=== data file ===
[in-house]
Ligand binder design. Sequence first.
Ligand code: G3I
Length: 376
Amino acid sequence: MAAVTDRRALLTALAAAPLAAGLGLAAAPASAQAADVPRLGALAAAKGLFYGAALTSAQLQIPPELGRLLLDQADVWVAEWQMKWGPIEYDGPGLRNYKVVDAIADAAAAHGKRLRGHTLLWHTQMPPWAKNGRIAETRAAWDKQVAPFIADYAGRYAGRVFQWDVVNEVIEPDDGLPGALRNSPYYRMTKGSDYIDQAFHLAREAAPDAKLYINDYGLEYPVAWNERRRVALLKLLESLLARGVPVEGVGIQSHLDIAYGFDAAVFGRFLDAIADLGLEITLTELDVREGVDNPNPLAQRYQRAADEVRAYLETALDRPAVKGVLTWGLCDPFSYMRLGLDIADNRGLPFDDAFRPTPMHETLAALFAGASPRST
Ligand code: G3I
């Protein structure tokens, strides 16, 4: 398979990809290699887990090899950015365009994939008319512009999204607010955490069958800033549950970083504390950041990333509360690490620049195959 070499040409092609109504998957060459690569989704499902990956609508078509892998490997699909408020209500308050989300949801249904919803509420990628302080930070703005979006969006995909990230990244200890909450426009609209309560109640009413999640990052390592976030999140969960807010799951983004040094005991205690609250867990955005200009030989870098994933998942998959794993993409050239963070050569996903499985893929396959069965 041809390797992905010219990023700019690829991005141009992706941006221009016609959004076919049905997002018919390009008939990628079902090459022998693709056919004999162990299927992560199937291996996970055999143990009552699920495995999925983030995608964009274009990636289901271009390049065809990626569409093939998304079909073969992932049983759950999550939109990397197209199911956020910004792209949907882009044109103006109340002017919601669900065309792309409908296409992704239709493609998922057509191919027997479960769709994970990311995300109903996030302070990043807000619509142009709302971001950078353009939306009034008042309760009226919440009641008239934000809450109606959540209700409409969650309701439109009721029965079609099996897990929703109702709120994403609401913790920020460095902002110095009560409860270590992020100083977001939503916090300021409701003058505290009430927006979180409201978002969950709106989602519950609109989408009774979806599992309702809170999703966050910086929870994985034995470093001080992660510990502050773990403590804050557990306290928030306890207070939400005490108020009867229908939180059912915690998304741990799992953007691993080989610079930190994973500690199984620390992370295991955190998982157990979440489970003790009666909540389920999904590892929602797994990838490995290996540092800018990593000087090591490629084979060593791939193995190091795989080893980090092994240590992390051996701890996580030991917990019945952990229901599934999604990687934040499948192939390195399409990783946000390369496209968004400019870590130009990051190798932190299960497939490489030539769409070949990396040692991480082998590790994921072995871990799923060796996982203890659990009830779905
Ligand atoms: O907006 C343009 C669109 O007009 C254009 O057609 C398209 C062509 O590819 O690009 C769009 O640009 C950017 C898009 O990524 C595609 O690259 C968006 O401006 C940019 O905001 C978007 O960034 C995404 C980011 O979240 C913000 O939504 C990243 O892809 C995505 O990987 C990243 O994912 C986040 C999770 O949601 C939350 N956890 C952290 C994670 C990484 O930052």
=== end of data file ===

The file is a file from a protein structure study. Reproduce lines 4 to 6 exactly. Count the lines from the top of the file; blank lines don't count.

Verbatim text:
Length: 376
Amino acid sequence: MAAVTDRRALLTALAAAPLAAGLGLAAAPASAQAADVPRLGALAAAKGLFYGAALTSAQLQIPPELGRLLLDQADVWVAEWQMKWGPIEYDGPGLRNYKVVDAIADAAAAHGKRLRGHTLLWHTQMPPWAKNGRIAETRAAWDKQVAPFIADYAGRYAGRVFQWDVVNEVIEPDDGLPGALRNSPYYRMTKGSDYIDQAFHLAREAAPDAKLYINDYGLEYPVAWNERRRVALLKLLESLLARGVPVEGVGIQSHLDIAYGFDAAVFGRFLDAIADLGLEITLTELDVREGVDNPNPLAQRYQRAADEVRAYLETALDRPAVKGVLTWGLCDPFSYMRLGLDIADNRGLPFDDAFRPTPMHETLAALFAGASPRST
Ligand code: G3I